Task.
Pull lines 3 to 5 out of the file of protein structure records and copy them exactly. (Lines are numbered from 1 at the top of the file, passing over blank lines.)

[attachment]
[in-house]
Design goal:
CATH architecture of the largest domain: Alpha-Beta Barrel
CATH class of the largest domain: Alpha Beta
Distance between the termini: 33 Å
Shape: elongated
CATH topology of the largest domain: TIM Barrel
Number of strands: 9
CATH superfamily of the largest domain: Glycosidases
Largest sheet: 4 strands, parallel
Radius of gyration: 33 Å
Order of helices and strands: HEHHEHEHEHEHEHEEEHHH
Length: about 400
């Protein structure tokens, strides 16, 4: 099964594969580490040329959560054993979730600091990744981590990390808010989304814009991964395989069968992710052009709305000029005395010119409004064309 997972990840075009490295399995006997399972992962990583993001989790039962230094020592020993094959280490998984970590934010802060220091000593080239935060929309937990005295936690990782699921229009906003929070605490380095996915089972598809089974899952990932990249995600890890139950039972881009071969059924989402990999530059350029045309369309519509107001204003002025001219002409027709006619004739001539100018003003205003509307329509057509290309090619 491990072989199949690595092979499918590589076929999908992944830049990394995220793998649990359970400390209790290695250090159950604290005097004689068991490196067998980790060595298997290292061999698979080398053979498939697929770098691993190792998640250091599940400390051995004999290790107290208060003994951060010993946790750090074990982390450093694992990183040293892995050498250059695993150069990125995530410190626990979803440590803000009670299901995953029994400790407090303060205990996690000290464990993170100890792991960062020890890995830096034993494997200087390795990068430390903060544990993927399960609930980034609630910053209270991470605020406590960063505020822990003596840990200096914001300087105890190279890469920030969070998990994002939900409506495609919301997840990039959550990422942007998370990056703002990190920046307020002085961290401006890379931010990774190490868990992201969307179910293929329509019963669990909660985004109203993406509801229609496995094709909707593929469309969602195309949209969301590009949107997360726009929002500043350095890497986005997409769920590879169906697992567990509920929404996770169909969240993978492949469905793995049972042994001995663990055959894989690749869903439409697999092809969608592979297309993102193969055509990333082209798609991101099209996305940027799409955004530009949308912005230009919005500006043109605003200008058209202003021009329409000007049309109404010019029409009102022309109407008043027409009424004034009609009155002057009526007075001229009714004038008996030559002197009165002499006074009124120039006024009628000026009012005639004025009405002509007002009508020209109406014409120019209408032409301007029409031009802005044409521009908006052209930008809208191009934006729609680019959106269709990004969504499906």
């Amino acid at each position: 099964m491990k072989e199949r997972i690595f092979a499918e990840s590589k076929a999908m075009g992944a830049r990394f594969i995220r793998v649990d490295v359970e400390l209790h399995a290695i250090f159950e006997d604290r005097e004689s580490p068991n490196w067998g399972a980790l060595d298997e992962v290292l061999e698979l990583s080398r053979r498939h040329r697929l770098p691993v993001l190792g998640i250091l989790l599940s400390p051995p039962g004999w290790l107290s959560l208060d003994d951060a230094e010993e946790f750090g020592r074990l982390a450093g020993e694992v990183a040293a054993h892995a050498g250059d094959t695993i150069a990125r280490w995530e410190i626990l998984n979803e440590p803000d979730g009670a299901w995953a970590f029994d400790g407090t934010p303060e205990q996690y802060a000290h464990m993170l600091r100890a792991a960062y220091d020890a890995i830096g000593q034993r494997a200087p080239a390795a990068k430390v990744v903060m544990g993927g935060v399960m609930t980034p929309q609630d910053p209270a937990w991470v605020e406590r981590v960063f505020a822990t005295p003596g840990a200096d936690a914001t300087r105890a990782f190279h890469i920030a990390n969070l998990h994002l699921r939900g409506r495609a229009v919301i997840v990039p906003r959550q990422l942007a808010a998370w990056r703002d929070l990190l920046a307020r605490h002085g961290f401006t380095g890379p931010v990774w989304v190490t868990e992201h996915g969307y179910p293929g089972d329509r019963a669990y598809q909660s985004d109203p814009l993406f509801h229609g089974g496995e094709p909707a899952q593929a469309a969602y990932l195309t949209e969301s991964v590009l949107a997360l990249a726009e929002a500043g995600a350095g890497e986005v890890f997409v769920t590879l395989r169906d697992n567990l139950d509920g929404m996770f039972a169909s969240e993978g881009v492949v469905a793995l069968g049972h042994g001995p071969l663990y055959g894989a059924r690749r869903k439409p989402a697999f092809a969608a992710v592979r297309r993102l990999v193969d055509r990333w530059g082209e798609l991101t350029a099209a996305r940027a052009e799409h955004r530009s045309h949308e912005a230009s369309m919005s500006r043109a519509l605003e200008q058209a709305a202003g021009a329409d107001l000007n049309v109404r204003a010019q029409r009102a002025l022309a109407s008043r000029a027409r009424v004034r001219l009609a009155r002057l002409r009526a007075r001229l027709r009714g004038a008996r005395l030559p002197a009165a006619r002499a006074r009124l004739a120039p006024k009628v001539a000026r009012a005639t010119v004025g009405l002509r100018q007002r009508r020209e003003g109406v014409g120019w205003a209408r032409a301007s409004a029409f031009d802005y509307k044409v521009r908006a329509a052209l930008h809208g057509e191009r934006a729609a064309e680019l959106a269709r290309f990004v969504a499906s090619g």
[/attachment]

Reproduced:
CATH architecture of the largest domain: Alpha-Beta Barrel
CATH class of the largest domain: Alpha Beta
Distance between the termini: 33 Å